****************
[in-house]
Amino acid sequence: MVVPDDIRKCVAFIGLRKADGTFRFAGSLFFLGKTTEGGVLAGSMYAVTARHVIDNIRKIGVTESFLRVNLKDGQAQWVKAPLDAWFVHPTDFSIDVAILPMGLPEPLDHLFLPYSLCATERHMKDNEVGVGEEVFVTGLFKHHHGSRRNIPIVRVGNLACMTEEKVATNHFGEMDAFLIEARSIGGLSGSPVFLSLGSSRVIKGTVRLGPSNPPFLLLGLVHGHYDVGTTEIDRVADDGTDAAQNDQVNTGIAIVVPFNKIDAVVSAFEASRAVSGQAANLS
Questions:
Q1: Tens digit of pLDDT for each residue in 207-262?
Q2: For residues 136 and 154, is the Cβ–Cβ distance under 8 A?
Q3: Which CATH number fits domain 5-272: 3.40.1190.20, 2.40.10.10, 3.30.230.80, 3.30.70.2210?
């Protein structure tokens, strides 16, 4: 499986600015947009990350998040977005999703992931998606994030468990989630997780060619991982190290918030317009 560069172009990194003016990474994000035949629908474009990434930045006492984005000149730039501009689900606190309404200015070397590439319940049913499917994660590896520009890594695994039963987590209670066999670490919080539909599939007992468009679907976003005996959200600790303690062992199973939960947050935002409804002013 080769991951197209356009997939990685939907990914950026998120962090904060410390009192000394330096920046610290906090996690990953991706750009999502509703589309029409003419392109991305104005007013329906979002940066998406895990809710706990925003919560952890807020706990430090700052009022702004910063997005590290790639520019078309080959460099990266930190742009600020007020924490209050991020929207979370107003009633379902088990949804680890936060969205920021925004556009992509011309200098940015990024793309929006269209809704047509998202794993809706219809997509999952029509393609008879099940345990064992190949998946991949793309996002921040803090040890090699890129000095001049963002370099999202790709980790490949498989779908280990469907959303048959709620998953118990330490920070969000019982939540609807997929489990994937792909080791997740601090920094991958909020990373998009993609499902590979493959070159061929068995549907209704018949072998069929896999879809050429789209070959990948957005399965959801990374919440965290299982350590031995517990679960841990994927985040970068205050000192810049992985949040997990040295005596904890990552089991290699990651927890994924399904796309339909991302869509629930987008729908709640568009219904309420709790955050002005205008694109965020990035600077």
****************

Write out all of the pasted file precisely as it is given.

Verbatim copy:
[in-house]
Amino acid sequence: MVVPDDIRKCVAFIGLRKADGTFRFAGSLFFLGKTTEGGVLAGSMYAVTARHVIDNIRKIGVTESFLRVNLKDGQAQWVKAPLDAWFVHPTDFSIDVAILPMGLPEPLDHLFLPYSLCATERHMKDNEVGVGEEVFVTGLFKHHHGSRRNIPIVRVGNLACMTEEKVATNHFGEMDAFLIEARSIGGLSGSPVFLSLGSSRVIKGTVRLGPSNPPFLLLGLVHGHYDVGTTEIDRVADDGTDAAQNDQVNTGIAIVVPFNKIDAVVSAFEASRAVSGQAANLS
Questions:
Q1: Tens digit of pLDDT for each residue in 207-262?
Q2: For residues 136 and 154, is the Cβ–Cβ distance under 8 A?
Q3: Which CATH number fits domain 5-272: 3.40.1190.20, 2.40.10.10, 3.30.230.80, 3.30.70.2210?
């Protein structure tokens, strides 16, 4: 499986600015947009990350998040977005999703992931998606994030468990989630997780060619991982190290918030317009 560069172009990194003016990474994000035949629908474009990434930045006492984005000149730039501009689900606190309404200015070397590439319940049913499917994660590896520009890594695994039963987590209670066999670490919080539909599939007992468009679907976003005996959200600790303690062992199973939960947050935002409804002013 080769991951197209356009997939990685939907990914950026998120962090904060410390009192000394330096920046610290906090996690990953991706750009999502509703589309029409003419392109991305104005007013329906979002940066998406895990809710706990925003919560952890807020706990430090700052009022702004910063997005590290790639520019078309080959460099990266930190742009600020007020924490209050991020929207979370107003009633379902088990949804680890936060969205920021925004556009992509011309200098940015990024793309929006269209809704047509998202794993809706219809997509999952029509393609008879099940345990064992190949998946991949793309996002921040803090040890090699890129000095001049963002370099999202790709980790490949498989779908280990469907959303048959709620998953118990330490920070969000019982939540609807997929489990994937792909080791997740601090920094991958909020990373998009993609499902590979493959070159061929068995549907209704018949072998069929896999879809050429789209070959990948957005399965959801990374919440965290299982350590031995517990679960841990994927985040970068205050000192810049992985949040997990040295005596904890990552089991290699990651927890994924399904796309339909991302869509629930987008729908709640568009219904309420709790955050002005205008694109965020990035600077």